Were Jon Robinsons moves a reaction of moves in the afc south? Is there a strategy to scouting the division? If so, how did we do? #pkmail— caddy (@Caddy519) May 8, 2016
Paul Kuharsky: Jon Robinson's moves were with the intent of building a better football team, with big tough guys who have the team-first mindset he covets. Once the Titans are stocked with that kind of guy, they should compete well against teams from any division. Certainly Robinson is conscious of what the Colts, Texans and Jaguars have and are doing, because those are the teams the Titans need to beat to win the AFC South. But much like with a game plan and play-calling, you don’t want an opponent to dictate to you, you want to dictate to them. The keys to success against those teams are the same as against anyone -- starting with protecting the passer and hitting the passer, find big plays, prevent big plays, run it effectively at key times. When a divisional opponent has a super weapon, you want to be equipped to better handle him. The big ones heading into this season are J.J. Watt, of course, a healthy Andrew Luck, DeAndre Hopkins and Allen Robinson. So Jack Conklin and perhaps Sebastian Tretola can help against Watt. Kevin Dodd can help rush Luck. The pool of new defensive backs paired with a better rush can, the team hopes, help slow the two excellent receivers.
@PaulKuharskyNFL Assuming the Titans break camp with more than 4 receivers this year (please God), who do you think makes the cut? #pkmail— Chris Rivers (@mavtn7) May 8, 2016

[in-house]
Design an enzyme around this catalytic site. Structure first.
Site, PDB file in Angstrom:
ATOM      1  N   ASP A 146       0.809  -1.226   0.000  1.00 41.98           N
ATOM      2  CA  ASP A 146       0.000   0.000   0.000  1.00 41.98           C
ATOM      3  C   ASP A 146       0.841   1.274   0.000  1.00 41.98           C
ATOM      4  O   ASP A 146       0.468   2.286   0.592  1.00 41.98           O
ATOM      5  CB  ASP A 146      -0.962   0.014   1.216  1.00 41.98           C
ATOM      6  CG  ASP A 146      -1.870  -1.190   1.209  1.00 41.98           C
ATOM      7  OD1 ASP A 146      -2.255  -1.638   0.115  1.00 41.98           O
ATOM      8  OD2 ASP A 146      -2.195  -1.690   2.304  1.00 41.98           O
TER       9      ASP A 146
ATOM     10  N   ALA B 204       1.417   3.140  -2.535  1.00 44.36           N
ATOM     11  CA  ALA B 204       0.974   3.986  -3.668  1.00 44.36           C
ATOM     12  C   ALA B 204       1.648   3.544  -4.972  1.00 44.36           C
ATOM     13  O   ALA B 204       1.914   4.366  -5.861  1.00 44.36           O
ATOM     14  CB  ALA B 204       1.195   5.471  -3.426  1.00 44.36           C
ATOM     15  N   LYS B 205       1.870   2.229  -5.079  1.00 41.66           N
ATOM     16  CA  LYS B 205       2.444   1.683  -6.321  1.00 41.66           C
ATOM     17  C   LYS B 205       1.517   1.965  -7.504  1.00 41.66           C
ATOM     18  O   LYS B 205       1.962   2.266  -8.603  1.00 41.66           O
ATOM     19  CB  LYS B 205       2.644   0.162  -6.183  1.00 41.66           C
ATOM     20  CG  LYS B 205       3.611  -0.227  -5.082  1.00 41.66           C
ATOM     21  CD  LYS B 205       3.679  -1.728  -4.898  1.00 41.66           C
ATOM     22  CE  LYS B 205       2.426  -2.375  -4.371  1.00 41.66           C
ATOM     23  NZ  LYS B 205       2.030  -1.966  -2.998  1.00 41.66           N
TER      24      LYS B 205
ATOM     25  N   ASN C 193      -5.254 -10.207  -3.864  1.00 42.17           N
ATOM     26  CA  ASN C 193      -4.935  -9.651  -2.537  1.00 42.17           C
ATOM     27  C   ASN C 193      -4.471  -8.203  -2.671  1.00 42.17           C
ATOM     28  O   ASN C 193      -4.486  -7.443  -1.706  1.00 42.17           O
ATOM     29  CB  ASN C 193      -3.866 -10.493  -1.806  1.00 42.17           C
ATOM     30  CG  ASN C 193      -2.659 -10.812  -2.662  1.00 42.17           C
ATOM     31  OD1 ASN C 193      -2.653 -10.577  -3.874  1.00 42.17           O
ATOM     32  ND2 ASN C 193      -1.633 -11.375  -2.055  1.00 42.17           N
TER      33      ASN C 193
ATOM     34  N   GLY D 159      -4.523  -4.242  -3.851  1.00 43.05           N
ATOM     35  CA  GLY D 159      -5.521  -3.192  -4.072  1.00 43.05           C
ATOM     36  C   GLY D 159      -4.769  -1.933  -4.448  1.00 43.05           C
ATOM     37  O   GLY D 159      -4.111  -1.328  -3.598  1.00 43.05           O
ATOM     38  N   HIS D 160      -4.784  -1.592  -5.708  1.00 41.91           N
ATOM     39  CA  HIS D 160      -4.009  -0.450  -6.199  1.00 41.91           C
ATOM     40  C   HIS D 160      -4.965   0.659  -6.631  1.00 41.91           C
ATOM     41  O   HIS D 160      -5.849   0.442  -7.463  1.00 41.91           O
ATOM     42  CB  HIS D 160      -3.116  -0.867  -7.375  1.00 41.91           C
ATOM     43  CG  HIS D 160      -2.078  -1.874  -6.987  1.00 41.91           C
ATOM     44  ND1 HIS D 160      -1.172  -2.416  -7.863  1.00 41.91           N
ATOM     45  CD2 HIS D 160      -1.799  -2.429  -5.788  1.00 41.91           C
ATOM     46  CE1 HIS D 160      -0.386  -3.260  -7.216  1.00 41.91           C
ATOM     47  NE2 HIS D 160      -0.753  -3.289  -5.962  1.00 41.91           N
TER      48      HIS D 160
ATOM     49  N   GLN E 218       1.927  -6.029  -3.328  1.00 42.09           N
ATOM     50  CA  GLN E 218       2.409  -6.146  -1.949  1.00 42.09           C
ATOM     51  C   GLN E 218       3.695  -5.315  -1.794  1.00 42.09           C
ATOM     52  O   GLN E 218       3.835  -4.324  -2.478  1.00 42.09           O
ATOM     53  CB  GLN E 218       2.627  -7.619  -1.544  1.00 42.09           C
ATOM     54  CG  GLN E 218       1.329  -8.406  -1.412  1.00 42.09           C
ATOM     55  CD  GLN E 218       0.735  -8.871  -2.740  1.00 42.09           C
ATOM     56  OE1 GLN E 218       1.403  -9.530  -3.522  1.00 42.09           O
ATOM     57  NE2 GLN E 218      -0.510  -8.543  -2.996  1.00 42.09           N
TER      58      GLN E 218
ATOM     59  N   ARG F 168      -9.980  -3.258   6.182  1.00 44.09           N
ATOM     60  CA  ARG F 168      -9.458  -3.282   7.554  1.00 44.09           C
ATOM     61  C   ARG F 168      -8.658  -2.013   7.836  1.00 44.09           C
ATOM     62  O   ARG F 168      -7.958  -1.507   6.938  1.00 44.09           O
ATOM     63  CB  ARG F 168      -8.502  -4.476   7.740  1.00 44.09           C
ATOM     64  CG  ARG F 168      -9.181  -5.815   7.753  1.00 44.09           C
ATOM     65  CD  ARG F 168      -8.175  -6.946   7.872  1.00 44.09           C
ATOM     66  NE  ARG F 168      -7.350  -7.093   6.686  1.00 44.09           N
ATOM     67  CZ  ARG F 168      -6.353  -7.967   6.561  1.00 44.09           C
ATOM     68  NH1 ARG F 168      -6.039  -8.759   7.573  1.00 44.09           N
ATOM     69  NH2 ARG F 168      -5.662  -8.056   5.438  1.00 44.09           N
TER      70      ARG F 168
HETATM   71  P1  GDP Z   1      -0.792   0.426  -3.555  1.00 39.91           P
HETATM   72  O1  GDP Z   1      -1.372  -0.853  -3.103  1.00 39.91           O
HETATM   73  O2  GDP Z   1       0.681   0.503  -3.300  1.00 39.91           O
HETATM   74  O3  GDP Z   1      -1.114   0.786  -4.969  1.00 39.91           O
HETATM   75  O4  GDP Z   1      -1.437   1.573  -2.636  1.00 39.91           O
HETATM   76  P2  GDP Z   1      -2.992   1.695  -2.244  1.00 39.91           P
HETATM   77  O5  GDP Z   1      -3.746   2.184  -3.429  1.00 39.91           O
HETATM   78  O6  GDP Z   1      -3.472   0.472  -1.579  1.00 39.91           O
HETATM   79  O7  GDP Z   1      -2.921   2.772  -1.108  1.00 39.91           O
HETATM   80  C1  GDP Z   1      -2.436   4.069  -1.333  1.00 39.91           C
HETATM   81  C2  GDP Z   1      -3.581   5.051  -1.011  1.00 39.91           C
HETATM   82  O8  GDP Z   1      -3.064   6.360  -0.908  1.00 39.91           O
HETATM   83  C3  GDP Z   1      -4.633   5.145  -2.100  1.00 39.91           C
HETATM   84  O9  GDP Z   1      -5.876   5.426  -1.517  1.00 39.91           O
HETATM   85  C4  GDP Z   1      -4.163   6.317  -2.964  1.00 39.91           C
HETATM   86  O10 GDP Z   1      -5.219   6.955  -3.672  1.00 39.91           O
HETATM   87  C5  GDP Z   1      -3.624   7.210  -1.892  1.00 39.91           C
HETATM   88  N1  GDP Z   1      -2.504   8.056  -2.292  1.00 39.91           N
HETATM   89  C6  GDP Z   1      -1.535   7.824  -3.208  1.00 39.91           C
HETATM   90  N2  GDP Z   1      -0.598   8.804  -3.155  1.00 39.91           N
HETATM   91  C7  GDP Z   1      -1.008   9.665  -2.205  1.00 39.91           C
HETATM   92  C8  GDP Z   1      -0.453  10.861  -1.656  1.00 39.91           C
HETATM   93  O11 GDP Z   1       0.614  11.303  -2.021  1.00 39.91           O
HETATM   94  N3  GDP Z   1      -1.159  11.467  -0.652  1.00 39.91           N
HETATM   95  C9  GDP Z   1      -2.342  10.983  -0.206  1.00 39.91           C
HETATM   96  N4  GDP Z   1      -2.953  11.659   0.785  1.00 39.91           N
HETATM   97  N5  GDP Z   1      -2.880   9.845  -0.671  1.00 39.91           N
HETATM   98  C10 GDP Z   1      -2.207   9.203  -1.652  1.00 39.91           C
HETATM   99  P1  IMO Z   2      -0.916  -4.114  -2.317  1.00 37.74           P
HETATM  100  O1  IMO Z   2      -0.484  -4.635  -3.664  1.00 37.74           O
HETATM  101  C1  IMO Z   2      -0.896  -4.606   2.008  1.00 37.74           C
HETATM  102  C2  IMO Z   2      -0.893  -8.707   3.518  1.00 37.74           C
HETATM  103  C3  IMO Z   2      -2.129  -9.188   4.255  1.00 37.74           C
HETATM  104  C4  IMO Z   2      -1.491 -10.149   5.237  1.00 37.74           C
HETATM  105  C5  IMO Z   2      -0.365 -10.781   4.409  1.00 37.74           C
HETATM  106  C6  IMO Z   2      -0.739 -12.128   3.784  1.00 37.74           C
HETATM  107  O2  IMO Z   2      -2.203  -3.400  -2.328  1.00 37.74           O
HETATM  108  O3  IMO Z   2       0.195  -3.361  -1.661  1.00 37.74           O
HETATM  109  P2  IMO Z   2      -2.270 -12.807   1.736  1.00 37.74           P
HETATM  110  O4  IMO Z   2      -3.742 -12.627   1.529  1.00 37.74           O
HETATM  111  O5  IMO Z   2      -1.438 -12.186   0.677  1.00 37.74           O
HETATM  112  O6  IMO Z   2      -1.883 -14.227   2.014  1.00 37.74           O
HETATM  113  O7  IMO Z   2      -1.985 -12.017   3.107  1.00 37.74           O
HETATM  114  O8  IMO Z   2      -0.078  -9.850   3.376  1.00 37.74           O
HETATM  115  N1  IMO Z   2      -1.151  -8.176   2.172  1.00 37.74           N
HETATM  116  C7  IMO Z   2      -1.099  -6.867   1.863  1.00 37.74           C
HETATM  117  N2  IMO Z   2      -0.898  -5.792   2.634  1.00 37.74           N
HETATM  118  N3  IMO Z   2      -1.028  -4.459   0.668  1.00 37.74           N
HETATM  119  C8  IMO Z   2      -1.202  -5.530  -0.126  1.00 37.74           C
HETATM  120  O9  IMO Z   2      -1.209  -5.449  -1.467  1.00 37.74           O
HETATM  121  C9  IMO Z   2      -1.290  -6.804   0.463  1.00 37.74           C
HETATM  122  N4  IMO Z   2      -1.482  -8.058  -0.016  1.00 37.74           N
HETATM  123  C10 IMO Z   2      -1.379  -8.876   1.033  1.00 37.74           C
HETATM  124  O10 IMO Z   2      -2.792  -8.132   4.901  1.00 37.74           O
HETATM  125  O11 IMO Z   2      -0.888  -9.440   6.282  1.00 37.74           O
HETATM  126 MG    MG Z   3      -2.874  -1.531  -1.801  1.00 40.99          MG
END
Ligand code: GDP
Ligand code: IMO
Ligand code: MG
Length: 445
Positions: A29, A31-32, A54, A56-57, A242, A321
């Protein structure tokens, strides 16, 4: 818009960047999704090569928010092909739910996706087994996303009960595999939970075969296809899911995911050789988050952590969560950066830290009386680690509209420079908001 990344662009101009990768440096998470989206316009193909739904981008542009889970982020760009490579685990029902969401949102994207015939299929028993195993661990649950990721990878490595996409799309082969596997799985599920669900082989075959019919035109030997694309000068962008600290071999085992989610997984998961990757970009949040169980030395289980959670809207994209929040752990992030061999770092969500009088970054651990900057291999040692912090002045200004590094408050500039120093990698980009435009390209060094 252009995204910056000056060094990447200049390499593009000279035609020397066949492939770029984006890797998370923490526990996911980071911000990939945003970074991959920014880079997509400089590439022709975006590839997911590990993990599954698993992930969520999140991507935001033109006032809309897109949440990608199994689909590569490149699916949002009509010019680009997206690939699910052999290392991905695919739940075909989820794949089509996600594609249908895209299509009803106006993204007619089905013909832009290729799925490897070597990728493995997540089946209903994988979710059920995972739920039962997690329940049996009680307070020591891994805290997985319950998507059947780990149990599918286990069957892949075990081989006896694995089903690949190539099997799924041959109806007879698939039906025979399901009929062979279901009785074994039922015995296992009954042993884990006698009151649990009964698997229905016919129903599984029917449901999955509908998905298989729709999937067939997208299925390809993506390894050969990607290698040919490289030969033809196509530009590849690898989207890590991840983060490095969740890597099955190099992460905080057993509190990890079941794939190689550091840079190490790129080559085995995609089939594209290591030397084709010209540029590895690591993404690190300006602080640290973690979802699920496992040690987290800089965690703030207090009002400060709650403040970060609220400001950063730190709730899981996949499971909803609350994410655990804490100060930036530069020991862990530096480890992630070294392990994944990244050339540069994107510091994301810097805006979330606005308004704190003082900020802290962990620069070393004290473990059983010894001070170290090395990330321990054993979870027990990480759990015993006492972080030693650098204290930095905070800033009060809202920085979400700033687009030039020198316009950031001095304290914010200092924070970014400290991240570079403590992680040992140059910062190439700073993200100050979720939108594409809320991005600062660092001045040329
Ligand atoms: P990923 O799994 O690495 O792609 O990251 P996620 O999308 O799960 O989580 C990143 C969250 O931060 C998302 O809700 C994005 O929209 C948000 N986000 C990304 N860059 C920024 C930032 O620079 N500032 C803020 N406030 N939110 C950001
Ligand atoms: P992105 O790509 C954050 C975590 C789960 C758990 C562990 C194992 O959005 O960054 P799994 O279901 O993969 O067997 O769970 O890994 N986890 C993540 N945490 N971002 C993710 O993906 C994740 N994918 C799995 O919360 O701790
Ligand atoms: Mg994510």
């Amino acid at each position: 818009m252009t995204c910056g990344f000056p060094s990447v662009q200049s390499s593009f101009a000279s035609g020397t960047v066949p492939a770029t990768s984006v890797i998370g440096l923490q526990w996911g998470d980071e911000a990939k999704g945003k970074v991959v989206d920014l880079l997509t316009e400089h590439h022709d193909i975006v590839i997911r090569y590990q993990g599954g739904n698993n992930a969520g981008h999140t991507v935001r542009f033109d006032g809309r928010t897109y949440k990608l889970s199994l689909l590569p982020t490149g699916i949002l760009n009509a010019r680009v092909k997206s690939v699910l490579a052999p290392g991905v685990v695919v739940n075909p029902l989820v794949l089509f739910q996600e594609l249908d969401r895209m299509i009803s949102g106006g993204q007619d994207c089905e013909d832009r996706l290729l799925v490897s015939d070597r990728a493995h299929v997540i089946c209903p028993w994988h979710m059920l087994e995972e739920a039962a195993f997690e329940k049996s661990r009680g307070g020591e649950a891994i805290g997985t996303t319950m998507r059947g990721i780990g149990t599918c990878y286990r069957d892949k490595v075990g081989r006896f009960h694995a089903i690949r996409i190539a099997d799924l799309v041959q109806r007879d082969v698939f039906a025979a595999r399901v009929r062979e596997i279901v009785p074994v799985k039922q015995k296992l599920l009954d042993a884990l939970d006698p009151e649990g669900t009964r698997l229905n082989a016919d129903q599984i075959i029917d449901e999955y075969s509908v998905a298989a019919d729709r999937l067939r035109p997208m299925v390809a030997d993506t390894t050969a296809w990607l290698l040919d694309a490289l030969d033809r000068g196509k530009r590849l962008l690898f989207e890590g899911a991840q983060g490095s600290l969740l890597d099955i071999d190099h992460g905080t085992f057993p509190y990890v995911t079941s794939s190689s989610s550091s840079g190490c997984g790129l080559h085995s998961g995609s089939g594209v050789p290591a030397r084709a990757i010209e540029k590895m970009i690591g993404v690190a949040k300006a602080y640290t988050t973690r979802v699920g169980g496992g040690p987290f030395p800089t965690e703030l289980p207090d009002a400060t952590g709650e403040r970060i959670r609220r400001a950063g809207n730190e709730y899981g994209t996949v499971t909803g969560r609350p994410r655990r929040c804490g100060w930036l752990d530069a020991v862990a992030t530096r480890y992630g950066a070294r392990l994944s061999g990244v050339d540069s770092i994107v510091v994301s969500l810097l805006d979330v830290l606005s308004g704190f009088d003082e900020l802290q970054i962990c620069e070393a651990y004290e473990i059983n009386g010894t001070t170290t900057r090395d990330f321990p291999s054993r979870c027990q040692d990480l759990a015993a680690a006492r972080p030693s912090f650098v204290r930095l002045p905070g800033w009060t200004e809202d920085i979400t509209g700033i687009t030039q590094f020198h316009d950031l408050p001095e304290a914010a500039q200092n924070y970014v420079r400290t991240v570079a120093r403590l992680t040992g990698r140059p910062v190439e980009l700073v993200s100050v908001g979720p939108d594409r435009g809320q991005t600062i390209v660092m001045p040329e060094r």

Paul Kuharsky: I still don’t love the pool, but it’s better than it was last year. Dorial Green-Beckham and Rishard Matthews are, ideally, the No. 1 and No. 2 guys. If that pans out I’d see Kendall Wright as more of the slot guy, which is a valuable role but would mean fewer snaps for him in the base offense. But even he could be challenged depending on how competition plays out. Rookie Tajae Sharpe is the other new guy and with his precise route-running and dependable hands he should put pressure on some others. Veterans Harry Douglas and Justin Hunter will have to fight for roles. Douglas has a good relationship with Mike Mularkey and offensive coordinator Terry Robiskie from their time together in Atlanta. Hunter could be a different guy in the new offense, but we’ve been expecting a breakout for a long time and I’m skeptical. The Titans could keep all six, depending on how they fare in camp. It could be difficult for Tre McBride or Damaris Johnson (more of a returner) to break through.
@PaulKuharskyNFL How many rookies start this year at first/eventually for the Titans? #PKmail— - (@YadiMoIina) May 8, 2016
Paul Kuharsky: First-round offensive lineman Jack Conklin starts from the very beginning at right tackle. He's the only lock. Third-round safety Kevin Byard could win the starting free-safety spot if he proves ready from the start. He’ll have to get in front of veteran addition Rashad Johnson. The guy who doesn’t start there could see a good bit of work as a third safety. Sixth-round guard Sebastian Tretola will be in the competition for the left guard job. The next best chance is second-rounder Austin Johnson. He should be part of the rotation, but he could beat out nose tackle Al Woods or end DaQuan Jones. So there could be four rookie starters on a healthy opening-day roster against Minnesota. I’d set the over-under at 2.5 and I’d take the over as I am buying into Byard and Tretola in the spring, a time of hope in the NFL.